Walter. I can’t thank you enough for taking the time to help everyone who reads your posts. We are new to raising pigs and your knowledge is priceless. We have about 10 acres of pasture we are going to put cattle in as soon as the budget allows the fencing to be repaired, but we have cut the hay off a few times. We have a LOT of round bails and I have been thinking of putting them in with our pigs. I mentioned this to a frend who said to be sure there was no mold in them or it will kill the hogs. I honestly don’t think there would be any mold. It was dry when bailed and has been in the hay shed. I’m just wondering if I need to be worried about this? Given what they eat in the pastures I question if a bit of mold would make them sick? Would this be something you would know about?

    • There are some molds which are a problem. There are other molds which are not an issue. The problematic molds are primarily on grains is my understanding. The create mycotoxins which may not harm larger pigs but can kill fetuses and small pigs. Dust can also be a respiratory problem. Our hay is typically round wrapped bales which smell sweet and slightly alcoholly from fermenting. I’ve also used compost bales with the pigs and they like those. They smell earthy. Our pigs do not like the black slimy type of mold that happens with very wet baled hay. Neither do I.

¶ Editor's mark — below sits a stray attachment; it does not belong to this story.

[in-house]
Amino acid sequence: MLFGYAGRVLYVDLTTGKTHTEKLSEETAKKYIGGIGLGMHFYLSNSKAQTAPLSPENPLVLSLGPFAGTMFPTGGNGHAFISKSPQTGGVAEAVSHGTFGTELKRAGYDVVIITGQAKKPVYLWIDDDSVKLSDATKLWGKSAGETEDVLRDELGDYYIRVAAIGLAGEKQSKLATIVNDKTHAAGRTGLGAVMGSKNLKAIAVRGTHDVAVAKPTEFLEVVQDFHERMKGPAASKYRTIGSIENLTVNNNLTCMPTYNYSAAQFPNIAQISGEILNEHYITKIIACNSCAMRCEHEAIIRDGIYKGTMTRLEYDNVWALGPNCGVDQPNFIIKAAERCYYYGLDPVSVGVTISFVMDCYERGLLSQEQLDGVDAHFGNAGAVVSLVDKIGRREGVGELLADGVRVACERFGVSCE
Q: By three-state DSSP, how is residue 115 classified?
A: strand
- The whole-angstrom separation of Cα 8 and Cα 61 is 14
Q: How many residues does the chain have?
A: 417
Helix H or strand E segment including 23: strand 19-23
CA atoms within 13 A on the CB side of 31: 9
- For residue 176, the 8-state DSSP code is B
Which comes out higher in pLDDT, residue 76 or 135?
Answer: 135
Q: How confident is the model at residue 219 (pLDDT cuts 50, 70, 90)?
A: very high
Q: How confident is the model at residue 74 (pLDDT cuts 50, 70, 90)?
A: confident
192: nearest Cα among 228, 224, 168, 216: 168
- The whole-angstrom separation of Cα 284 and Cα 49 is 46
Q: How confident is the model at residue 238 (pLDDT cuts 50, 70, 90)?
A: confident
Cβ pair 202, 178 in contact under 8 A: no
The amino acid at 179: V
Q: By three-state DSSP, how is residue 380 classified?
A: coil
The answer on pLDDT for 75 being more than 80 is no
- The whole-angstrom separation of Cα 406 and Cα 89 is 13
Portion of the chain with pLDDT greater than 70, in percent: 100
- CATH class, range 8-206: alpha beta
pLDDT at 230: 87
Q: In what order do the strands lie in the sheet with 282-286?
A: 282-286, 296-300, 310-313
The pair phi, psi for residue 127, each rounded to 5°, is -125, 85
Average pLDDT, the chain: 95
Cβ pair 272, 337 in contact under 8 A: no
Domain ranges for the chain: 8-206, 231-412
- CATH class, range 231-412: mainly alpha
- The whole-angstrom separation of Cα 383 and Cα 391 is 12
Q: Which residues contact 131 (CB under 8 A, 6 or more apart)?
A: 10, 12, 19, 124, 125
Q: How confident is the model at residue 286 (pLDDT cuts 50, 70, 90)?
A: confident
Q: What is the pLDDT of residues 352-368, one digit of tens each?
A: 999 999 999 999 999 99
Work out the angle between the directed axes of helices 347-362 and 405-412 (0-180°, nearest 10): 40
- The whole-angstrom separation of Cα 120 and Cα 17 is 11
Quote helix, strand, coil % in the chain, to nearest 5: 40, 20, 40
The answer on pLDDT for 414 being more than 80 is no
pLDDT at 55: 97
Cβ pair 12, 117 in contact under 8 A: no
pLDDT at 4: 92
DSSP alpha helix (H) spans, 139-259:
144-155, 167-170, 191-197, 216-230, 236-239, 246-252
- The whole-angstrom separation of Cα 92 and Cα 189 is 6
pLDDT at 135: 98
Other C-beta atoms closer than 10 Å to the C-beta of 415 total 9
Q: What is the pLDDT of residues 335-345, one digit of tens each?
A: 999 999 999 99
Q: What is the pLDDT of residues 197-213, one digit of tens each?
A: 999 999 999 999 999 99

8. Lizz Smith says:

    Hi Walter. I have a couple questions for you …
    1. How do you keep whey from freezing in the winter?
    2. How long in summer (vt) can whey be stored before you can’t give it to the pigs? If that ever happens where it can go bad for pigs?
    Thank you :) lizz

    • We use a combination of the thermal mass, incoming heat energy with the whey, earth heat from ground contact, foil-bubble-bubble-foil insulation + a tarp and snow banks on the windward side in particular to protect the whey tanks. If a tank freezes you lose it until spring. It’s too much energy to thaw it 1,000 gallons of ice. A tank heater could also be used – electric consumption will be high.